It has fallen to the Conservatives and Liberal Democrats in coalition to attempt some, if not all, of the necessary initiatives that might change British capitalism – notably banking and political reform – but it is an open question how determined it will be before well-organised defence of entrenched and privileged positions by the financial, media and bureaucratic elites. Worse, its repudiation of Keynesian economic policies in circumstances that demand more Keynesianism than at any time since the 1930s threatens to overwhelm its best intentions. The consequences are a potential national calamity.From this point onward, Hutton spirals downward in a description of our dysfunctional society, coming over like a good Fabian from the late 19th Century, which would be all very laudatory if he hadn't just (above) made clear his recommended course of treatment is the very same stuff that got us to this place. Keynes said famously; 'in the long run, we're all dead', and he is indeed dead. We, however, are living in Keynes' long run, and the ruins Hutton sees and sighs over are the consequences of the very policies that Keynes championed - government intervention, unsound, inflationary monetary policy and central planning. And yet, for Will (chi et arrivato a la frutta), all the blames lies on capitalism, free markets and individualism - in other words liberalism - in other words all the ideas that have been trashed over the last one hundred years by the growing power of the central state, aided by the pseudo-economic snake oil of John Maynard Keynes.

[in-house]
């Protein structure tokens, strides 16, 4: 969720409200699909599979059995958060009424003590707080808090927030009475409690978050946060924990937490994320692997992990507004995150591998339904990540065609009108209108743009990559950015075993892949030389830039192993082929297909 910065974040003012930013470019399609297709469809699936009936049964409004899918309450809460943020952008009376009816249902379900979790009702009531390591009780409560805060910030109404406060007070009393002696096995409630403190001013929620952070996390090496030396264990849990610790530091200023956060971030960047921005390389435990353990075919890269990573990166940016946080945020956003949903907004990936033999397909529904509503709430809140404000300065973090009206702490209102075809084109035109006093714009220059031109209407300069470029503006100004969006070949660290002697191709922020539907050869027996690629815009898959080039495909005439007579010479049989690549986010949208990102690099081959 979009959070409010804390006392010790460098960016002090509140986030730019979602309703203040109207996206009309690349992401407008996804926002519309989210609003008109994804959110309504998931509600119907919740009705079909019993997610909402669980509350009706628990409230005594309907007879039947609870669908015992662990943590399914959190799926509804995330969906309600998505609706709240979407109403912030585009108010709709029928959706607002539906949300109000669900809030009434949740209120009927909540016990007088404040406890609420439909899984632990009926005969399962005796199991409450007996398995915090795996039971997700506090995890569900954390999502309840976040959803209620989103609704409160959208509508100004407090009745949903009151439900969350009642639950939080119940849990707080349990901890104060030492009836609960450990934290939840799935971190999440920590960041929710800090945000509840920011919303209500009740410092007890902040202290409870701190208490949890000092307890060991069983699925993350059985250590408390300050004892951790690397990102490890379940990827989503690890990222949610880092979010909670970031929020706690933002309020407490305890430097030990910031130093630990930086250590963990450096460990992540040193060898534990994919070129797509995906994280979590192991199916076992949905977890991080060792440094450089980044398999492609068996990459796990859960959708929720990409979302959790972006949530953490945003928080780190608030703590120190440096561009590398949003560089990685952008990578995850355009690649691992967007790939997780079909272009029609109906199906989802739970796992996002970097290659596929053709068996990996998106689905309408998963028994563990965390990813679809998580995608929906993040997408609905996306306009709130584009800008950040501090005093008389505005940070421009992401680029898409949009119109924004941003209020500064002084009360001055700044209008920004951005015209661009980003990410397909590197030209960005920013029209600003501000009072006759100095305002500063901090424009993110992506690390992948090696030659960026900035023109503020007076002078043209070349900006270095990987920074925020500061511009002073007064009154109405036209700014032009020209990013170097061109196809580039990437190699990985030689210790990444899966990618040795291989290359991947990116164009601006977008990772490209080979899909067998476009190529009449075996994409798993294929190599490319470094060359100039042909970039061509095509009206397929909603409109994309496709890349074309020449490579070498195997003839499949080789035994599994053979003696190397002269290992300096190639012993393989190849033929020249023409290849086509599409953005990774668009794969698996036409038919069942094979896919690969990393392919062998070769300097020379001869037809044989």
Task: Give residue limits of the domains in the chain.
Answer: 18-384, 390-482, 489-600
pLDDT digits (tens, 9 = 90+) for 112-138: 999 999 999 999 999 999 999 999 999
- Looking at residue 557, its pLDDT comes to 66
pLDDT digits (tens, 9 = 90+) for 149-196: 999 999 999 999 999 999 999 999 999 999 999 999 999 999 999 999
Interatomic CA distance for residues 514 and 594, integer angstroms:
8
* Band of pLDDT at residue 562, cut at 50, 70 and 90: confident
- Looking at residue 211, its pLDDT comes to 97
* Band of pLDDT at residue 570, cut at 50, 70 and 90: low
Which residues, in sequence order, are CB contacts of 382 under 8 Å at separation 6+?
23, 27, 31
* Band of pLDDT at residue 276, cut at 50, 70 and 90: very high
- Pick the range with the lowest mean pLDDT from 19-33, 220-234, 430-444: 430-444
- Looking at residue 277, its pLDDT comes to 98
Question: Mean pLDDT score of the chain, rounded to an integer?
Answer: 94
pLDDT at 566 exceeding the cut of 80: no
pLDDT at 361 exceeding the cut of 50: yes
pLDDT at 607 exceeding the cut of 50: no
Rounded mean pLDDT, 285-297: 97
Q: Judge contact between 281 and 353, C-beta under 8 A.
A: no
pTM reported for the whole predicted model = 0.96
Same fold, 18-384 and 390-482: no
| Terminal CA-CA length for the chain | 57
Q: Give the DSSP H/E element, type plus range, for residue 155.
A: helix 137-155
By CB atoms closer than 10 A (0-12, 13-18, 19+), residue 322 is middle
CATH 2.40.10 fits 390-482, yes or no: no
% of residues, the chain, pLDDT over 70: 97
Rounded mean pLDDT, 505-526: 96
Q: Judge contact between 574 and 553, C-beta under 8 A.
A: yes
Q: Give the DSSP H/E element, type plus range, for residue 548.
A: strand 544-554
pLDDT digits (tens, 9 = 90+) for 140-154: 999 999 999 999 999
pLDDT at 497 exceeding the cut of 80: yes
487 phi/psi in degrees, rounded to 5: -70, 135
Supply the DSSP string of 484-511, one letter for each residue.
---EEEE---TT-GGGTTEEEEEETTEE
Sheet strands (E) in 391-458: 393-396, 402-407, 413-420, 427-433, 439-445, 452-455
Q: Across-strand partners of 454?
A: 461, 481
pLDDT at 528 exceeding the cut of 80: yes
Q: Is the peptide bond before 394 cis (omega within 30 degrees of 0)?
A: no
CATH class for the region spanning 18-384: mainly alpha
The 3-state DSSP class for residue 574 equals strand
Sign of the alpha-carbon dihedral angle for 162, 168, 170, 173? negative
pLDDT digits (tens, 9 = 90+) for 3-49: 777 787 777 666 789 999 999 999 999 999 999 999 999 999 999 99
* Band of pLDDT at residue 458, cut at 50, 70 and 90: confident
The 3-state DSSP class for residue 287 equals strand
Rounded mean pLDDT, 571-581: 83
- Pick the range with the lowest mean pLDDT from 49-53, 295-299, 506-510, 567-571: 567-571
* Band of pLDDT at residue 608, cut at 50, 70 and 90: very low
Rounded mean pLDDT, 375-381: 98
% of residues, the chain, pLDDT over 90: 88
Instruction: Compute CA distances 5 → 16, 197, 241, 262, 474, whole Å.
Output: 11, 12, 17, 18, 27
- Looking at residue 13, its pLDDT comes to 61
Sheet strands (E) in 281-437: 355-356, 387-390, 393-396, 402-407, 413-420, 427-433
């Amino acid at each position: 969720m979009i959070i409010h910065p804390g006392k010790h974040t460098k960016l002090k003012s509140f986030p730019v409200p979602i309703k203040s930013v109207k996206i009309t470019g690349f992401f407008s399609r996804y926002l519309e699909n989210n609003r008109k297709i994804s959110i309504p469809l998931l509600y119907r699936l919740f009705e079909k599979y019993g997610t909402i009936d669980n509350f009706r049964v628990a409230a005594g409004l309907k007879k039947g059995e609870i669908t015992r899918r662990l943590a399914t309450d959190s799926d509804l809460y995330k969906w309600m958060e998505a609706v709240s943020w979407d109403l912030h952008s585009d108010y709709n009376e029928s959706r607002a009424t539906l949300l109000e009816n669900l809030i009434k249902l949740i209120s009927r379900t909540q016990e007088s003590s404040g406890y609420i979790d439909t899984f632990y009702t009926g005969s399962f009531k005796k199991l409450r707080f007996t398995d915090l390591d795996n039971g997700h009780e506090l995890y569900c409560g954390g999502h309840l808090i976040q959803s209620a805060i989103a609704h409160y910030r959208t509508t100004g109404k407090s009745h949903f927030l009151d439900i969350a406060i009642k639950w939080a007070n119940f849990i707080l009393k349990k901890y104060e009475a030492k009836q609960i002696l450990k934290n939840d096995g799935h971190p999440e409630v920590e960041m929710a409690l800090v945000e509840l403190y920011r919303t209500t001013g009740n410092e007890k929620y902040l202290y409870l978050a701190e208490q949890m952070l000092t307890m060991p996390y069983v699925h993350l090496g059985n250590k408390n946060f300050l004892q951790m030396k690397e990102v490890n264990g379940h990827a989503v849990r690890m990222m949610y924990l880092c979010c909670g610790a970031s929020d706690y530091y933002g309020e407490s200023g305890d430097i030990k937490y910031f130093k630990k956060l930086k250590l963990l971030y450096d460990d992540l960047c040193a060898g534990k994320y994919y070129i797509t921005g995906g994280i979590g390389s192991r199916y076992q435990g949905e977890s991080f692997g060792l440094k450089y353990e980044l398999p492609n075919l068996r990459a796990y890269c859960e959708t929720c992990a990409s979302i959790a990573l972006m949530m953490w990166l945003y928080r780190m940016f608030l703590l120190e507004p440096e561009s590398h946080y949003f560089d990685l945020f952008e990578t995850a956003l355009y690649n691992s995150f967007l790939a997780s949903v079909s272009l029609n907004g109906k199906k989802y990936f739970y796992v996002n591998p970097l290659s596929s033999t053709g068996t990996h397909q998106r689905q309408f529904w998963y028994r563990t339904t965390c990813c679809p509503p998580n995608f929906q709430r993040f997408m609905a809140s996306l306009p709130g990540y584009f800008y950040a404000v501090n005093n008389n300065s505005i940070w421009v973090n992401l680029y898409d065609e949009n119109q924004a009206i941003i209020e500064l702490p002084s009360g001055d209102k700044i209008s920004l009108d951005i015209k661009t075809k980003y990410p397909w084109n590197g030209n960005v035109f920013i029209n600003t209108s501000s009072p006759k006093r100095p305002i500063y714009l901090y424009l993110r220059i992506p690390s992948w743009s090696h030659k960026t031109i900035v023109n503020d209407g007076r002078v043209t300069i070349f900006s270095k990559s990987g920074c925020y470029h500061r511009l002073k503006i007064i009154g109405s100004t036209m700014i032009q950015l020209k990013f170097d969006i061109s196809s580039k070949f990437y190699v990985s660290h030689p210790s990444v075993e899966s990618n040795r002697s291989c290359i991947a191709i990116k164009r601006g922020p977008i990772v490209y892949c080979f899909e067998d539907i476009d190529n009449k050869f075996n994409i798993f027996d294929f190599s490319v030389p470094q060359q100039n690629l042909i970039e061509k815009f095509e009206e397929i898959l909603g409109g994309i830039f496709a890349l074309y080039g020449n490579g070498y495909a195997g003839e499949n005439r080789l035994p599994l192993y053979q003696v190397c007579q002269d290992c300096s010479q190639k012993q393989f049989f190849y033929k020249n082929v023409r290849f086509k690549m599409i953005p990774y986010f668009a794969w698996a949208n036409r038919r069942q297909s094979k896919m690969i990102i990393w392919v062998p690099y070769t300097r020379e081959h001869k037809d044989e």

Sunday, 26 September 2010
Will Hutton's still cranking it out, but he's obviously getting on in years. As I peruse this extract from his latest book, Dr Will seems at first to make a reasonable diagnosis of the illness, but then comes the following and I realise he's still wedded to the economic equivalents of leeches, tobacco enemas and trepanation with a rusty screwdriver: